Monday, August 3, 2015

a rare day











It’s a beautiful Sunday: a rare day this time of year. The air feels freshly scrubbed. It’s sunny, but not like summer, with its bleaching, hammering blaze; rather, there's a soft, crystalline light that beautifies everything it touches, as though god’s finger slipped on the saturation dial. 

I have nothing to do, nowhere to be, so I just lie on the couch, looking out at the mountain, the garden, my toes... Letting my thoughts drift and meander, occasionally turning my attention back to my book. But mostly just staring. 

Then it happens, unbidden — a silent, soaring burst of inner joy; an eruption of euphoric freedom that begins in my chest and expands, carrying me skyward on a current of wild, vertiginous rapture. 

I stay still, choosing not to hang on to it, but just be in it… It passes.

This is how I know I’ve changed. 



These moments, these gifts (‘joy bombs’, as I like to think of them) are completely unpredictable, and as elusive as quicksilver. 

Before, I would feel compelled to act. I thought the feeling was a resource to be plundered, something I was meant to harness and put to work. I’d ruffle through all the projects banging around in my head — should I write? Cook? Blog? Make a dress? Paint the mirror in the bathroom? Sketch?

While I’m in it, anything seems possible.

But then anything would begin to feel like too much, feel overwhelming. No sooner had the feeling registered than I’d feel cement walls rise up and surround me, as though set off by some invisible hair trigger. The message was clear: There is no point. It's too hard. Too much. You can't. You're not one of those people.

Joy would turn to frustrated impotence in the space of minutes.

But not today.

Today, I simply lie there and marvel that such a feeling exists, that millions of years of evolution can culminate in this arrangement of molecules, experiencing this exquisite moment… Why look further than that? 

The bomb mushrooms and then evaporates, but instead of despair, this time I’m left with a little afterglow. Then I carry on reading my book.

This is how I know I’ve changed. 

There are other signs, too.

Life feels quieter, less frenetic.

Most of the time, I am able to identify the beginning stages of neurosis, when my thoughts begin to spiral, dancing to the tune of unidentified, unconscious fears, and I can corral them in a different direction before I turn into a gibbering wreck.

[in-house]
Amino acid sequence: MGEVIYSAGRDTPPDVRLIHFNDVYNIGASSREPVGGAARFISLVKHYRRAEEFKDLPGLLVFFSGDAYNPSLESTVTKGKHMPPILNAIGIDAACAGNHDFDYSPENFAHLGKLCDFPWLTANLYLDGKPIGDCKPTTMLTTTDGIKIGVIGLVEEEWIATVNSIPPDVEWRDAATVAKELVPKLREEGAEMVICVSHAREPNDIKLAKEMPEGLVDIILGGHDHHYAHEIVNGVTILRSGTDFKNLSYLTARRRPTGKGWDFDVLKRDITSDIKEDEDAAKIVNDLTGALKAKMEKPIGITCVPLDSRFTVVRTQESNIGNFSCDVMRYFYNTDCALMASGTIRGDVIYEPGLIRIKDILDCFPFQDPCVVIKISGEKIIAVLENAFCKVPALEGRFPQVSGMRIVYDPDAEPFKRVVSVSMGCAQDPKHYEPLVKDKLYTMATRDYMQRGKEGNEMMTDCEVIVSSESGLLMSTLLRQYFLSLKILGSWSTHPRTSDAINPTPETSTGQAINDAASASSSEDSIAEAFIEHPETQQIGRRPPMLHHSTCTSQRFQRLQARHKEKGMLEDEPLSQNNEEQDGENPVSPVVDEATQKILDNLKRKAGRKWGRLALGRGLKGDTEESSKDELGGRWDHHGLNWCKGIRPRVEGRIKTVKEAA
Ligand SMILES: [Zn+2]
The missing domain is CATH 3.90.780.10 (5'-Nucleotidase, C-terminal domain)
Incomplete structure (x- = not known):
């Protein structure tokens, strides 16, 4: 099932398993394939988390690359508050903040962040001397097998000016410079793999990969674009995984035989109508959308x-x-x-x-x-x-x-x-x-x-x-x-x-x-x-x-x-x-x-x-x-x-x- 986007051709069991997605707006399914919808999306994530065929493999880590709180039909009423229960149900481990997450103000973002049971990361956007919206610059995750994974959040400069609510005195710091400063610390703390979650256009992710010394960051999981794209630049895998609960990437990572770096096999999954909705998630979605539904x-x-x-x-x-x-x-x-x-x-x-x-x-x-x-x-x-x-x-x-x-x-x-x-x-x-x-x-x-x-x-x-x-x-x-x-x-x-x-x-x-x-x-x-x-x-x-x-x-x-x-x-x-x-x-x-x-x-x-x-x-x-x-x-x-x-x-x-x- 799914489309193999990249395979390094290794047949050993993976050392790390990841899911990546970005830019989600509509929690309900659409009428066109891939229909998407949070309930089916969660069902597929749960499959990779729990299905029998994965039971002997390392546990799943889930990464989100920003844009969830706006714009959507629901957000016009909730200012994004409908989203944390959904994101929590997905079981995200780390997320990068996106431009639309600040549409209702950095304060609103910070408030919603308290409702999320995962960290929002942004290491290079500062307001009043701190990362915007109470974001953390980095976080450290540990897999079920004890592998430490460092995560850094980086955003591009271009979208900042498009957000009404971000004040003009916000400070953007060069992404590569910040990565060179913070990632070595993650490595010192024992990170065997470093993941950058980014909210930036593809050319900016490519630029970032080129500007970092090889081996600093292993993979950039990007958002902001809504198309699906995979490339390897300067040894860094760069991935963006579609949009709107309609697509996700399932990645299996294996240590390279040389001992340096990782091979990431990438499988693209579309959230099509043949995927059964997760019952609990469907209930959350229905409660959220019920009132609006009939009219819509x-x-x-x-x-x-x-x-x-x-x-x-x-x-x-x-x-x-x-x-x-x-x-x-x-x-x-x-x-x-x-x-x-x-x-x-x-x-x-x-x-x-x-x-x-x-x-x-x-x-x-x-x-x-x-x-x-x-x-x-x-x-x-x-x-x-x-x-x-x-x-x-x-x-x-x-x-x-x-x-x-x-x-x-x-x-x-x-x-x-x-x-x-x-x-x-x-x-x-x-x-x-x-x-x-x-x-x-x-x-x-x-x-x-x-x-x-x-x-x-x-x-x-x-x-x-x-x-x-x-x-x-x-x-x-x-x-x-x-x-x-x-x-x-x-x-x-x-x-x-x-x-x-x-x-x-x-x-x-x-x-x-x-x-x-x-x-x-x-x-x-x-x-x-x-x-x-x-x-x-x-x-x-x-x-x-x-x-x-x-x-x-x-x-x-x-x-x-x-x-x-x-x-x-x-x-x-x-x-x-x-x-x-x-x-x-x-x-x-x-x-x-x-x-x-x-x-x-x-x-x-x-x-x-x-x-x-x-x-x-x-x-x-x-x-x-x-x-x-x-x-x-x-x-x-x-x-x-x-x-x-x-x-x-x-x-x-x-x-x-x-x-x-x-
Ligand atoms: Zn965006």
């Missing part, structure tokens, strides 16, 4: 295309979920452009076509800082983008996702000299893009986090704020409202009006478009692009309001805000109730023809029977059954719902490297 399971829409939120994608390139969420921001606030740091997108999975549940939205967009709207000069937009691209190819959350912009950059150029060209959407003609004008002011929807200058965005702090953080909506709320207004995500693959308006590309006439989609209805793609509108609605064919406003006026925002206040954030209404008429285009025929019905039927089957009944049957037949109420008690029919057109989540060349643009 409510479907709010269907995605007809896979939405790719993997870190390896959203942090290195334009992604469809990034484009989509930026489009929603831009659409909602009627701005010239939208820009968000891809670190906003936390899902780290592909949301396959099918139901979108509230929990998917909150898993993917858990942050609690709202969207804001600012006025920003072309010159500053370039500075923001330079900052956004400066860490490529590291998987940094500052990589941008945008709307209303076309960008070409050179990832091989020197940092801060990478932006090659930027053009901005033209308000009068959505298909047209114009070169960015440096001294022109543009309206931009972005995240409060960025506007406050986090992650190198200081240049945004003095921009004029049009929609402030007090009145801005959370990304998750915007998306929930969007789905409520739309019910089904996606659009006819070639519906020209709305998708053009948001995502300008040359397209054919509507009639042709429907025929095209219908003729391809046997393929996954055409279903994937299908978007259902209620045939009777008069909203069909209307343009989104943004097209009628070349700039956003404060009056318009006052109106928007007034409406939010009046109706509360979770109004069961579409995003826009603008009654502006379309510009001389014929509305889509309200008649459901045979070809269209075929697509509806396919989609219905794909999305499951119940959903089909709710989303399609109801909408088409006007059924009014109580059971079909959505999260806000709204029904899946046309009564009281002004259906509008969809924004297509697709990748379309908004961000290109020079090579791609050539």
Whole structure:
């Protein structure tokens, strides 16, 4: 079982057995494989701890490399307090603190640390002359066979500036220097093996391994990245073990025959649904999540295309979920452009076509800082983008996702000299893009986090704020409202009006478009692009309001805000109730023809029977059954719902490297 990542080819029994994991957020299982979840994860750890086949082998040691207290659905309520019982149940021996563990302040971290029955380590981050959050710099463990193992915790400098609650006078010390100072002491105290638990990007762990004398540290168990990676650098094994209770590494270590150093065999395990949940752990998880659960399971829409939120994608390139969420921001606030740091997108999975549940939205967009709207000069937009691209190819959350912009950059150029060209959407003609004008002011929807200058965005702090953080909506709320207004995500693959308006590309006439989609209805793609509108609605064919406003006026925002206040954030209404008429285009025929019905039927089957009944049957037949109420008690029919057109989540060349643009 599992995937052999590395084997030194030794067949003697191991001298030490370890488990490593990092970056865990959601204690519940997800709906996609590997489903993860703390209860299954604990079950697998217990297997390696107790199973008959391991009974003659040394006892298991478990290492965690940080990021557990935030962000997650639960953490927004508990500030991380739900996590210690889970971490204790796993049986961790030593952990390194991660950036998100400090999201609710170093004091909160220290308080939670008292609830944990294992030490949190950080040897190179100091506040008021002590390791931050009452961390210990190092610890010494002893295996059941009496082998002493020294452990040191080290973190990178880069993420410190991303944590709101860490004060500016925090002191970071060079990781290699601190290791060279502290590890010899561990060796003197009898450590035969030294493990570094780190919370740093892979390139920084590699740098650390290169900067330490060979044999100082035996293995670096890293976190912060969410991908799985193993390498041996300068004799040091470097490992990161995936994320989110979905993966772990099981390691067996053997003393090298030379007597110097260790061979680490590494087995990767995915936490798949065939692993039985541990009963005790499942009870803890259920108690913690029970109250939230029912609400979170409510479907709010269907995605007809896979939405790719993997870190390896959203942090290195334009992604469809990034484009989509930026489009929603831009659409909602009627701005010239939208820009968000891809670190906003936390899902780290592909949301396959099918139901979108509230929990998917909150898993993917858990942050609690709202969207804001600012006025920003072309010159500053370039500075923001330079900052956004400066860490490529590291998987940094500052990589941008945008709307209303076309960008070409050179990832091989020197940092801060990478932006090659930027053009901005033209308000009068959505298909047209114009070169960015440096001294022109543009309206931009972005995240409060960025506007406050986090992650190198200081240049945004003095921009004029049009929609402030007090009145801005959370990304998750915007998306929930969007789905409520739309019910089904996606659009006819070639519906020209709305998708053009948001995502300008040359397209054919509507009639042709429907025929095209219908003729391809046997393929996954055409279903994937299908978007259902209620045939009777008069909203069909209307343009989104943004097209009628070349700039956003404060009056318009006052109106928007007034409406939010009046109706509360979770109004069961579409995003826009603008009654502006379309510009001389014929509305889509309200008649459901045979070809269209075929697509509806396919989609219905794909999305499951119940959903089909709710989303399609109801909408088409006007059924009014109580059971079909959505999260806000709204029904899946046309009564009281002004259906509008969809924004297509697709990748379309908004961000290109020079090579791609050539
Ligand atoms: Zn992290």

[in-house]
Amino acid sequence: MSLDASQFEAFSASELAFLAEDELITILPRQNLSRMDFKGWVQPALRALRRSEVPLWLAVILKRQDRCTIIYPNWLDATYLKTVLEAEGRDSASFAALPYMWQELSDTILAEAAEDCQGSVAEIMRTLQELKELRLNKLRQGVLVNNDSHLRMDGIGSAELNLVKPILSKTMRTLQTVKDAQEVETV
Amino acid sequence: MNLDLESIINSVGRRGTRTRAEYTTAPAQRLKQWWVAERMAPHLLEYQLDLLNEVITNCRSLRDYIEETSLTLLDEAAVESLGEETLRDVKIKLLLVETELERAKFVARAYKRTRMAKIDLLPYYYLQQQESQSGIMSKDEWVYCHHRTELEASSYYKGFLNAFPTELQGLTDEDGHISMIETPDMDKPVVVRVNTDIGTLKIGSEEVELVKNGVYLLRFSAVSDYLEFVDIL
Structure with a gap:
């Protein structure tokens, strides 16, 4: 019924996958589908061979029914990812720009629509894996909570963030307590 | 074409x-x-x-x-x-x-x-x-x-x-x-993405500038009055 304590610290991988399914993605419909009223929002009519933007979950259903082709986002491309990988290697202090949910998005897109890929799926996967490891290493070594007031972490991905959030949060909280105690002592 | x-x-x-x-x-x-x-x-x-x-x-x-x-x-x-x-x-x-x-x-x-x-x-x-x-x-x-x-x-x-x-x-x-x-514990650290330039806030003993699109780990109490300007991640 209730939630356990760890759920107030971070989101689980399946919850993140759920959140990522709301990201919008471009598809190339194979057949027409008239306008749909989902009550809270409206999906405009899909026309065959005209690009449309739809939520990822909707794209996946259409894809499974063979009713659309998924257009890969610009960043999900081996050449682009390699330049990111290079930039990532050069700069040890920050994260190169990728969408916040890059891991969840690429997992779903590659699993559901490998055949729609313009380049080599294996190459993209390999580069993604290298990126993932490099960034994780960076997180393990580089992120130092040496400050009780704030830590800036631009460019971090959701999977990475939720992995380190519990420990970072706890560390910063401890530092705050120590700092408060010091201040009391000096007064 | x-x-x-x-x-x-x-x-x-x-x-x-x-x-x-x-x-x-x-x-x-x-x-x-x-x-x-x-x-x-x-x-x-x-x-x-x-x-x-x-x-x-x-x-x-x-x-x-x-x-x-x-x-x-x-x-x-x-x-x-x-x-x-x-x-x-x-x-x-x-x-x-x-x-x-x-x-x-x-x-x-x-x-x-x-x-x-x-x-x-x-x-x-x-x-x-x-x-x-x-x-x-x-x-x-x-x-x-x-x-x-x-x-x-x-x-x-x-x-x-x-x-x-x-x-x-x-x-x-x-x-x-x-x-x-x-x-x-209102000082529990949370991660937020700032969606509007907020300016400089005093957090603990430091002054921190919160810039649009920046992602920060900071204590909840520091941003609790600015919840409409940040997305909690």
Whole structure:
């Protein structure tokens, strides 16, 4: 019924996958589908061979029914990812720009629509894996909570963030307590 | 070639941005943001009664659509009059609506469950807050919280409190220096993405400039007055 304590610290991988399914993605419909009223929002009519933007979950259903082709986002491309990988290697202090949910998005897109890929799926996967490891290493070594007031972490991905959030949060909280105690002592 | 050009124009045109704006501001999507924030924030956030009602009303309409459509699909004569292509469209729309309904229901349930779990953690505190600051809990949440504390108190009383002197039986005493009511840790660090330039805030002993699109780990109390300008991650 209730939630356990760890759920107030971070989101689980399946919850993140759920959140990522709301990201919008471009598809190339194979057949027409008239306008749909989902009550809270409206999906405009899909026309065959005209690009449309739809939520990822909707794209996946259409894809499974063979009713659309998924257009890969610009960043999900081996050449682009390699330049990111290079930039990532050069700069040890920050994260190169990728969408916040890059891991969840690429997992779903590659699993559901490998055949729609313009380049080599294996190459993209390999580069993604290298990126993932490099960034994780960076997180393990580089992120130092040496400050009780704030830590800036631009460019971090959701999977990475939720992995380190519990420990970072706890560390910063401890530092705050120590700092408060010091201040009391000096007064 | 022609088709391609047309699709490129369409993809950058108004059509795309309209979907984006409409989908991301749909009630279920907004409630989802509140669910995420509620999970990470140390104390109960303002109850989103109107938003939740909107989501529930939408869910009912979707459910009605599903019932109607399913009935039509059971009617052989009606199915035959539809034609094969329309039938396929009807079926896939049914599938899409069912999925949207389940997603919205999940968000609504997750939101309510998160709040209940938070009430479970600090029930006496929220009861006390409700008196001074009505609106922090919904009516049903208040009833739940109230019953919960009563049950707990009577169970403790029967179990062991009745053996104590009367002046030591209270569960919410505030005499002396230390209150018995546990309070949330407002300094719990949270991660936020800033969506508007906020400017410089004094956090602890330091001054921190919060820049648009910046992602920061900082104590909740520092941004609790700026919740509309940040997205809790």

I am writing with a greater sense of purpose, too. Drinking less compulsively. Exercising more. Spending less money. Staying home. Trying new things. 

One of those new things, which I think has contributed immeasurably to the profound, tectonic shift that’s occurred in my life recently, is answering an invitation from a former colleague on Facebook to form a group to work through Julia Cameron’s The Artist’s Way.

I’d previously been skeptical about the book, which seemed, to my cynical mind, to have about it an air of touchy-feely woo and feeble-mindedness. But, in the spirit of trying new things, at the last minute I decided to join.

The experience has been life-changing — on all levels, not just creatively. Being able to discuss our lives and our creative challenges (which bear a remarkable resemblense to garden variety life challenges) in an intimate group of like-minded individuals helped keep me motivated to stay the course, which was invaluable. But two practices have been completely revelatory*: morning pages, and the ‘artist’s date’. (*Yes, I know I hardly have the monopoly on this front.)

You can read about the morning pages here if you like, but briefly, it’s the practice of handwriting three foolscap pages first thing in the morning. Every morning. You can write about anything under the sun, stream of consciousness, fiction or your shopping list, just fill three pages. (Turns out, as Oliver Burkman puts it, it’s really hard to write about nothing for three pages — eventually you start writing about something.)

The practice isn’t always easy, in fact it can be bloody difficult, but once I committed (and one really does have to commit), I started to wake up: to my inner world, to destructive behaviours, to the excuses I make for not doing better, being kinder to myself, doing things that nourish me... The morning pages allow me to nail down all those half-thoughts that flit around my head, evading proper examination, because I’m too lazy, or distracted, or afraid to look closer. When you’ve got to fill those pages, catching a thread of half-thought, and yanking on it, tends to fray a lot of the illusions we’re so comfortable with, but which may be stunting us.

Then there are the artist’s dates. The title is cheesy, but I think there isn’t a single person alive who wouldn’t benefit from incorporating the basic principal into their lives: once a week, set aside time to do something (on your own) for no reason other than that it will delight you. Preferably something you don’t do regularly, or, even better, have never done at all; preferably something whimsical; preferably something that has no point beyond an experience; preferably something that has nothing to do with 'work'.